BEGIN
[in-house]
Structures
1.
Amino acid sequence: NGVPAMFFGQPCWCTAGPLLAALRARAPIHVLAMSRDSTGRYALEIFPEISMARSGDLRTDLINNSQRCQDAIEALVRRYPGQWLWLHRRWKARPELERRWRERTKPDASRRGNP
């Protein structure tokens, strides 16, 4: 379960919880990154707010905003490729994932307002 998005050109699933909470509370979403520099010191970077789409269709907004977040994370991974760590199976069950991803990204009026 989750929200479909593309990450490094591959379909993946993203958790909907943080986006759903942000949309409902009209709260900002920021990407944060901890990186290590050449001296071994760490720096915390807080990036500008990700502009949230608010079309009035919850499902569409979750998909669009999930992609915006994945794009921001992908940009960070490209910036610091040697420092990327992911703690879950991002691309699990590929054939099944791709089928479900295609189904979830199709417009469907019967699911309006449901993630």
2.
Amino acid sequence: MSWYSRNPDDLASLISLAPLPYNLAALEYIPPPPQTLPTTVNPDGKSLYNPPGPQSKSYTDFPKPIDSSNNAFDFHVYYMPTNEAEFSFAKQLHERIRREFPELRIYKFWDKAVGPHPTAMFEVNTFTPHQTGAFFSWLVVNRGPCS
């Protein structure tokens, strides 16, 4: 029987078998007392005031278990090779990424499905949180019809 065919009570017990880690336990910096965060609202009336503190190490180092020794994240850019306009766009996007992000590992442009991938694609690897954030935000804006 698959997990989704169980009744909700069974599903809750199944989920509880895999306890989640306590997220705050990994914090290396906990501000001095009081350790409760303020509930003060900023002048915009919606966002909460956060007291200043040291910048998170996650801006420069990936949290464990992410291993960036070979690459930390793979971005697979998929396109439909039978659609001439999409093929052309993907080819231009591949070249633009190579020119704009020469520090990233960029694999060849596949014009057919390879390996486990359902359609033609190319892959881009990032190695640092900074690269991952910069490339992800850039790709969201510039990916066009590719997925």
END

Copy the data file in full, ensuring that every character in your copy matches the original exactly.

[in-house]
Structures
1.
Amino acid sequence: NGVPAMFFGQPCWCTAGPLLAALRARAPIHVLAMSRDSTGRYALEIFPEISMARSGDLRTDLINNSQRCQDAIEALVRRYPGQWLWLHRRWKARPELERRWRERTKPDASRRGNP
């Protein structure tokens, strides 16, 4: 379960919880990154707010905003490729994932307002 998005050109699933909470509370979403520099010191970077789409269709907004977040994370991974760590199976069950991803990204009026 989750929200479909593309990450490094591959379909993946993203958790909907943080986006759903942000949309409902009209709260900002920021990407944060901890990186290590050449001296071994760490720096915390807080990036500008990700502009949230608010079309009035919850499902569409979750998909669009999930992609915006994945794009921001992908940009960070490209910036610091040697420092990327992911703690879950991002691309699990590929054939099944791709089928479900295609189904979830199709417009469907019967699911309006449901993630």
2.
Amino acid sequence: MSWYSRNPDDLASLISLAPLPYNLAALEYIPPPPQTLPTTVNPDGKSLYNPPGPQSKSYTDFPKPIDSSNNAFDFHVYYMPTNEAEFSFAKQLHERIRREFPELRIYKFWDKAVGPHPTAMFEVNTFTPHQTGAFFSWLVVNRGPCS
């Protein structure tokens, strides 16, 4: 029987078998007392005031278990090779990424499905949180019809 065919009570017990880690336990910096965060609202009336503190190490180092020794994240850019306009766009996007992000590992442009991938694609690897954030935000804006 698959997990989704169980009744909700069974599903809750199944989920509880895999306890989640306590997220705050990994914090290396906990501000001095009081350790409760303020509930003060900023002048915009919606966002909460956060007291200043040291910048998170996650801006420069990936949290464990992410291993960036070979690459930390793979971005697979998929396109439909039978659609001439999409093929052309993907080819231009591949070249633009190579020119704009020469520090990233960029694999060849596949014009057919390879390996486990359902359609033609190319892959881009990032190695640092900074690269991952910069490339992800850039790709969201510039990916066009590719997925």